Illinois Supreme Court Signals Heightened Standard

The Illinois Supreme Court recently issued an opinion that reaffirmed long-standing precedent holding that claims for injuries caused by dangerous conditions on public property are subject to the “discretionary immunity” defense under Sections 2-109 and 2-201 of the Local Governmental and Governmental Employees Tort Immunity Act (the “Act”), 745 ILCS 10/2-109, 2-201. However, in reversing the lower courts’ award of summary judgment in favor of the defendant-public entity, the Court highlighted the fact-specific application of this defense and emphasized that the burden is on the public entity to present sufficient evidence to demonstrate that it is entitled to immunity. This opinion signals a heightened evidentiary standard required of public entities who seek discretionary immunity, and serves as an admonishment regarding the critical importance of maintaining written policies and documentation regarding the discretionary functions of their employees.

In Monson v. the City of Danville, 2018 IL 122486, the plaintiff alleged that she tripped and fell on an uneven seam in a sidewalk located in downtown Danville, Illinois, causing her to sustain a fractured shoulder and other injuries. Prior to the date of the alleged fall, the City had completed a project to repair some, but not all, of the defects in its downtown sidewalks. As part of this project, City officials conducted a walk-through inspection of the sidewalks and determined, on a case-by-case basis, which areas to repair. In doing so, they considered a number of factors, including: available time and money for the project, conditions of the concrete, height of variations between slabs, and pedestrians’ normal path of travel. However, the City did not maintain a written policy regarding sidewalk repairs or specified height differentials between slabs that necessitated repair. Moreover, the officials did not document their assessments of any specific defects. Ultimately, the defect on which the plaintiff tripped was not among those repaired.

The plaintiff subsequently filed suit, asserting that the City failed to maintain the sidewalk in a reasonably safe condition. The City moved for summary judgment, arguing that it was entitled to discretionary immunity under Sections 2-109 and 2-201 of the Act, because the officials had exercised discretion in determining which portions of the sidewalk to repair. The trial court granted the City’s motion, and the appellate court affirmed. The Supreme Court, however, reversed and remanded the case for trial. It held that the evidence presented by the City was not sufficient to establish immunity. While the City presented evidence that the slab was included in a general inspection of its sidewalks, it failed to offer any facts regarding the officials’ assessment of the particular defect at issue in this case. Without such evidence, the Court found it impossible to determine whether the officials had actually assessed the defect and exercised discretion in deciding not to repair it, or whether the City Officials simply overlooked the particular sidewalk defect. The Court, therefore, held that the City failed to meet its burden of proof for summary judgment, and that a question of fact remained for the jury as to whether the City’s handling of the defect constituted an exercise of discretion.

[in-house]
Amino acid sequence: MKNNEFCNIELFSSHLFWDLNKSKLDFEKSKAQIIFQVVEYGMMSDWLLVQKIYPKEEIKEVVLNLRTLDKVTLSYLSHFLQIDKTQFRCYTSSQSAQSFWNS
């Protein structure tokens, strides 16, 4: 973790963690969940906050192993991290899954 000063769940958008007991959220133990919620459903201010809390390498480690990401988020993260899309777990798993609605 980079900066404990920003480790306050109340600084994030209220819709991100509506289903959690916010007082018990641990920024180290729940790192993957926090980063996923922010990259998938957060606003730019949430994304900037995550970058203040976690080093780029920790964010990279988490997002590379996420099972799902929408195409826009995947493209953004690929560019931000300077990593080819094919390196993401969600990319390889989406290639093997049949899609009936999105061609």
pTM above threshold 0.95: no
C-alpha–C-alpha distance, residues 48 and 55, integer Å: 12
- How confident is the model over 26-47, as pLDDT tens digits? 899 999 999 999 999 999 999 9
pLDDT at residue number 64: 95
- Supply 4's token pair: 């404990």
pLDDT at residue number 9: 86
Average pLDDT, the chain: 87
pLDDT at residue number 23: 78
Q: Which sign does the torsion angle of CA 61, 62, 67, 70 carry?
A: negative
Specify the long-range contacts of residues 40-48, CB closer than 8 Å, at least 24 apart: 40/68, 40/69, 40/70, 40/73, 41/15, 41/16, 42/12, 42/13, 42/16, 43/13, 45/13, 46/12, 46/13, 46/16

In so holding, the Court noted that the facts of the case were markedly different than another recent case involving a sidewalk defect, Richter v. College of Du Page, 2012 IL App. (2d) 130095. In that case, the defendant-public entity presented evidence of its policy for handling sidewalk defects, which involved three actions: (1) placing orange cones to alert individuals to the deviation; (2) applying yellow paint to the deviation; and (3) physically altering the sidewalk, if necessary. The College’s manager of buildings and grounds testified that he made a “per-case” decision, or judgment call, depending on the height, timing, and location of the deviation. With respect to the particular deviation at issue in that case, he testified to placing orange cones and applying yellow paint at the site of the deviation at issue, and planning to physically repair the sidewalk after the ground had thawed. The Appellate Court upheld the trial court’s grant of summary judgment in favor of the defendant-public entity, holding that the manager’s handling of the sidewalk deviation clearly constituted an exercise of discretion and a determination of policy within the meaning of Section 2-201.

What does the Supreme Court’s opinion mean for local public entities? While the Court reaffirmed the principle that public entities in Illinois are entitled to immunity for the discretionary acts of their employees—including those relating to the condition of public property—its opinion indicates that it may no longer be sufficient for a public entity to simply establish that there was a general policy or program to inspect property for dangerous conditions and that a specific defect in the property was included in this general policy or program but was not repaired. Instead, public entities may now be required to bear the burden of providing direct evidence that an official made a “conscious decision” with regard to the specific condition that caused an alleged injury. As such, public entities must be proactive in ensuring that they maintain written policies regarding the discretionary functions of their employees and document specific decisions its officials make pursuant to those policies in order to avail themselves of the discretionary immunity.

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